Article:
Assam is bracing from another waves of devastation, loss of human lives, crops and livestock, as flood season is advancing. Do we not have any solution to this misery and suffering ? Honorable Chief minister of Assam, Mr. Sarbananda Sonowal is quite hopeful about finding a permanent solution through recently constituted North East Water Management Authority, under the chairmanship of the vice chairman of NITI Aayog.
Saving Majuli, the world’s biggest river island, from flood and erosion is a big concern for everybody. It is heartening to know that Majuli has reclaimed around 22.08 sq. km. land during the period from 2004 to 2016. Satellite Imageries confirm, from 1988 to 2015, total deposition in Brahmaputra Valley is 208 sq. km. against erosion of 798 sq. km. Frequently, we hear about bank erosion, but not about regaining land. Some part of this deposition is through natural processes, and the remaining is due to ongoing efforts of government agencies namely Brahmaputra Board and Water Resources Department of Govt. of Assam, achieved with the help of implementation of anti-erosion and bank protection measures by deploying permeable RCC porcupine screens/spurs/dampeners etc. Though, the reclaimed land cannot be used immediately for agriculture purposes, as it’ll take time to redevelop the top soil, however, it is heartening to know about regaining the lost land by redeposition.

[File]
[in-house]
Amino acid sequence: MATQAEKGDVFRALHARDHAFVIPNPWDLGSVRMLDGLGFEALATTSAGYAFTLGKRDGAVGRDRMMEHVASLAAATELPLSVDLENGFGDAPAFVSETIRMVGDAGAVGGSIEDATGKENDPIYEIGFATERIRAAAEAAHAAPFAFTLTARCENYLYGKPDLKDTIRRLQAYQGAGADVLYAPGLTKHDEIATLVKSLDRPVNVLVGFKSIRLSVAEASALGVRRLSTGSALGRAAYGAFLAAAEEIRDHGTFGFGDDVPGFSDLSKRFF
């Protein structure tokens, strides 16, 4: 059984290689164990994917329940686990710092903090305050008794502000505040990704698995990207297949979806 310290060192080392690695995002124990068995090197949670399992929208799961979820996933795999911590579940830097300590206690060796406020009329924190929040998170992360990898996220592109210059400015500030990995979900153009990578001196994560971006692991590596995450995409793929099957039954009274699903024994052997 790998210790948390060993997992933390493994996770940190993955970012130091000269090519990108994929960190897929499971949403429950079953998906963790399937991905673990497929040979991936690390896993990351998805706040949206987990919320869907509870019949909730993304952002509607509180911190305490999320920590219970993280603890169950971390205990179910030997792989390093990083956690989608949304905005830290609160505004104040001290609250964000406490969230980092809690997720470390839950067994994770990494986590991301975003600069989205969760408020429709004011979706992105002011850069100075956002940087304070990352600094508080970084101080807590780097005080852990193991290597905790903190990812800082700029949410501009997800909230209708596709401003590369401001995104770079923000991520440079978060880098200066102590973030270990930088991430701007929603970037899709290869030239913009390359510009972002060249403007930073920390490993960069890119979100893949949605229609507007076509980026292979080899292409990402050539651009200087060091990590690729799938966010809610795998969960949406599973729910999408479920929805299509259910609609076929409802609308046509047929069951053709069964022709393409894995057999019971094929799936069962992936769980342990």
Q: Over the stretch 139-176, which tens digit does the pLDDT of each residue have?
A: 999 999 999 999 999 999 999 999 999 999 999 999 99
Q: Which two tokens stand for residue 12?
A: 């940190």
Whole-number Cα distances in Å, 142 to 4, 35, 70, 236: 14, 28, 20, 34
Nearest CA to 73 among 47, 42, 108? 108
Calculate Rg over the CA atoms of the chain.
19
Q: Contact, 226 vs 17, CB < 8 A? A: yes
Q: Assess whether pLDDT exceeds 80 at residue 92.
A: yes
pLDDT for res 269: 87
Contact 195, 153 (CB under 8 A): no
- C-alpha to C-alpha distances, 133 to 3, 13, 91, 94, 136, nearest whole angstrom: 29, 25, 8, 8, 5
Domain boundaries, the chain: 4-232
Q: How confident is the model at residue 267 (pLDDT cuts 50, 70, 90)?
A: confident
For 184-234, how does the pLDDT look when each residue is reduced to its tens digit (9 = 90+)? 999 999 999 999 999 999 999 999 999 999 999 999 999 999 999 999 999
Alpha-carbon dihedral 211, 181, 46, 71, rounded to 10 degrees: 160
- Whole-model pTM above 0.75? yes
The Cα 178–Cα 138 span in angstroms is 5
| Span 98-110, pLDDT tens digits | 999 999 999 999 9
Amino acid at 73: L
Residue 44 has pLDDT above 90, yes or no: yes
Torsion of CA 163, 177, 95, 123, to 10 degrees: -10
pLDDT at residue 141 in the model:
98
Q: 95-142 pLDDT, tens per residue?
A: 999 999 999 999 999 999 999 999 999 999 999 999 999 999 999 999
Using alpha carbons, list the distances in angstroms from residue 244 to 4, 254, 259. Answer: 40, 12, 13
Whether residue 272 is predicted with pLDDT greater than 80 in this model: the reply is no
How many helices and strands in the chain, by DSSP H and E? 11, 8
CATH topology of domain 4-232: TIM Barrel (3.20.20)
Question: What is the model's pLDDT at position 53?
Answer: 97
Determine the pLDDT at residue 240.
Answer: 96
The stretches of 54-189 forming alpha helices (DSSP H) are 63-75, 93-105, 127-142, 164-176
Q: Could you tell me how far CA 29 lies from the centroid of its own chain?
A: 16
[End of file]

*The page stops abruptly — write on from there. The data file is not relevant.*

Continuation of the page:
It’s widely accepted belief that the flood in Brahmaputra Valley cannot be controlled entirely, and solutions offered by different experts are largely divided. There is an urgent need of prioritising our approach, and find a workable consensus to move ahead for a lasting solution. Brahmaputra is third largest river in the world in terms of its annual discharge, therefore, any measures towards flood mitigation is bound to be cost intensive.